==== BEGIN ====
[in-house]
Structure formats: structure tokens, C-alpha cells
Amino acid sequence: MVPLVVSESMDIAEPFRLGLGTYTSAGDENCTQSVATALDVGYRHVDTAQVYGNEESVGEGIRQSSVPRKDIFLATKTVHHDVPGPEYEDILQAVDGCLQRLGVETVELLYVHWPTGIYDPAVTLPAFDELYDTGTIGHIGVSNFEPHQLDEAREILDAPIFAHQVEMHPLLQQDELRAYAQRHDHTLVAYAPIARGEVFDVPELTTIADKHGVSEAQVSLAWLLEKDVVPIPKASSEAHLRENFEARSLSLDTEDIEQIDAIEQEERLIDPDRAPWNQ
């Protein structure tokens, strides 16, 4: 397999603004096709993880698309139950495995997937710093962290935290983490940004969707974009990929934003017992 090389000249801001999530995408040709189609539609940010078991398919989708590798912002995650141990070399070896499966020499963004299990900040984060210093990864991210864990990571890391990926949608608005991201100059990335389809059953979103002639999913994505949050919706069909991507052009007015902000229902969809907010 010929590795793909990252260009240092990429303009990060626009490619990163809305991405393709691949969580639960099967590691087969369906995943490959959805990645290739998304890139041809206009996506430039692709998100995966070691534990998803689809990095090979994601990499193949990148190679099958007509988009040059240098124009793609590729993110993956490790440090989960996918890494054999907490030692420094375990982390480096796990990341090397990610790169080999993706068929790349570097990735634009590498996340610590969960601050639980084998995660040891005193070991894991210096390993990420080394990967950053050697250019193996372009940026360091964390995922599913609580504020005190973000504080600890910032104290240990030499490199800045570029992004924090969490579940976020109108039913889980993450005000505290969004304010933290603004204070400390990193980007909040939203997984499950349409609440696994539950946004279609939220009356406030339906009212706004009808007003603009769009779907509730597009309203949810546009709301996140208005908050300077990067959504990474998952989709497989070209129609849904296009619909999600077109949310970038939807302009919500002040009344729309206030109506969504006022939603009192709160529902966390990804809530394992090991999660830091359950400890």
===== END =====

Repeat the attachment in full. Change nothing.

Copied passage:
[in-house]
Structure formats: structure tokens, C-alpha cells
Amino acid sequence: MVPLVVSESMDIAEPFRLGLGTYTSAGDENCTQSVATALDVGYRHVDTAQVYGNEESVGEGIRQSSVPRKDIFLATKTVHHDVPGPEYEDILQAVDGCLQRLGVETVELLYVHWPTGIYDPAVTLPAFDELYDTGTIGHIGVSNFEPHQLDEAREILDAPIFAHQVEMHPLLQQDELRAYAQRHDHTLVAYAPIARGEVFDVPELTTIADKHGVSEAQVSLAWLLEKDVVPIPKASSEAHLRENFEARSLSLDTEDIEQIDAIEQEERLIDPDRAPWNQ
């Protein structure tokens, strides 16, 4: 397999603004096709993880698309139950495995997937710093962290935290983490940004969707974009990929934003017992 090389000249801001999530995408040709189609539609940010078991398919989708590798912002995650141990070399070896499966020499963004299990900040984060210093990864991210864990990571890391990926949608608005991201100059990335389809059953979103002639999913994505949050919706069909991507052009007015902000229902969809907010 010929590795793909990252260009240092990429303009990060626009490619990163809305991405393709691949969580639960099967590691087969369906995943490959959805990645290739998304890139041809206009996506430039692709998100995966070691534990998803689809990095090979994601990499193949990148190679099958007509988009040059240098124009793609590729993110993956490790440090989960996918890494054999907490030692420094375990982390480096796990990341090397990610790169080999993706068929790349570097990735634009590498996340610590969960601050639980084998995660040891005193070991894991210096390993990420080394990967950053050697250019193996372009940026360091964390995922599913609580504020005190973000504080600890910032104290240990030499490199800045570029992004924090969490579940976020109108039913889980993450005000505290969004304010933290603004204070400390990193980007909040939203997984499950349409609440696994539950946004279609939220009356406030339906009212706004009808007003603009769009779907509730597009309203949810546009709301996140208005908050300077990067959504990474998952989709497989070209129609849904296009619909999600077109949310970038939807302009919500002040009344729309206030109506969504006022939603009192709160529902966390990804809530394992090991999660830091359950400890």